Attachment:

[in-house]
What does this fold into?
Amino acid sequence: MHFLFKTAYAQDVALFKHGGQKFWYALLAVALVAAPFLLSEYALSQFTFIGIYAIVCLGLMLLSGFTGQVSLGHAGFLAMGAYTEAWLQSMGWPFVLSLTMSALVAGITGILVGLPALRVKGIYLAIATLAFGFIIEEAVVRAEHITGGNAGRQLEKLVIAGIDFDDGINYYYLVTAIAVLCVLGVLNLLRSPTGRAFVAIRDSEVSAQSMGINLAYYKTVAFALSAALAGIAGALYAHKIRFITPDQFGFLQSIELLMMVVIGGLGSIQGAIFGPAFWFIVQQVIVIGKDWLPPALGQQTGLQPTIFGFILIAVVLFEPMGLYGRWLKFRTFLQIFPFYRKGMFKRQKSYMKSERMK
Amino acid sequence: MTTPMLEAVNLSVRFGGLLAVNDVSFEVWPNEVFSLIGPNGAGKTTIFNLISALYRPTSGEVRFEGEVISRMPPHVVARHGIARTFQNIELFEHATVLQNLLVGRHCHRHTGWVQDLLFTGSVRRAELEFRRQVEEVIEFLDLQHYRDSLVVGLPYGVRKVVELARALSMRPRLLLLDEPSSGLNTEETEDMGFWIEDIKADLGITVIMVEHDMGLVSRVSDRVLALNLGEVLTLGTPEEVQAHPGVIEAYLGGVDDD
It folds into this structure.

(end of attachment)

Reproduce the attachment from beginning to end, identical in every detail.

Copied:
[in-house]
What does this fold into?
Amino acid sequence: MHFLFKTAYAQDVALFKHGGQKFWYALLAVALVAAPFLLSEYALSQFTFIGIYAIVCLGLMLLSGFTGQVSLGHAGFLAMGAYTEAWLQSMGWPFVLSLTMSALVAGITGILVGLPALRVKGIYLAIATLAFGFIIEEAVVRAEHITGGNAGRQLEKLVIAGIDFDDGINYYYLVTAIAVLCVLGVLNLLRSPTGRAFVAIRDSEVSAQSMGINLAYYKTVAFALSAALAGIAGALYAHKIRFITPDQFGFLQSIELLMMVVIGGLGSIQGAIFGPAFWFIVQQVIVIGKDWLPPALGQQTGLQPTIFGFILIAVVLFEPMGLYGRWLKFRTFLQIFPFYRKGMFKRQKSYMKSERMK
Amino acid sequence: MTTPMLEAVNLSVRFGGLLAVNDVSFEVWPNEVFSLIGPNGAGKTTIFNLISALYRPTSGEVRFEGEVISRMPPHVVARHGIARTFQNIELFEHATVLQNLLVGRHCHRHTGWVQDLLFTGSVRRAELEFRRQVEEVIEFLDLQHYRDSLVVGLPYGVRKVVELARALSMRPRLLLLDEPSSGLNTEETEDMGFWIEDIKADLGITVIMVEHDMGLVSRVSDRVLALNLGEVLTLGTPEEVQAHPGVIEAYLGGVDDD
It folds into this structure.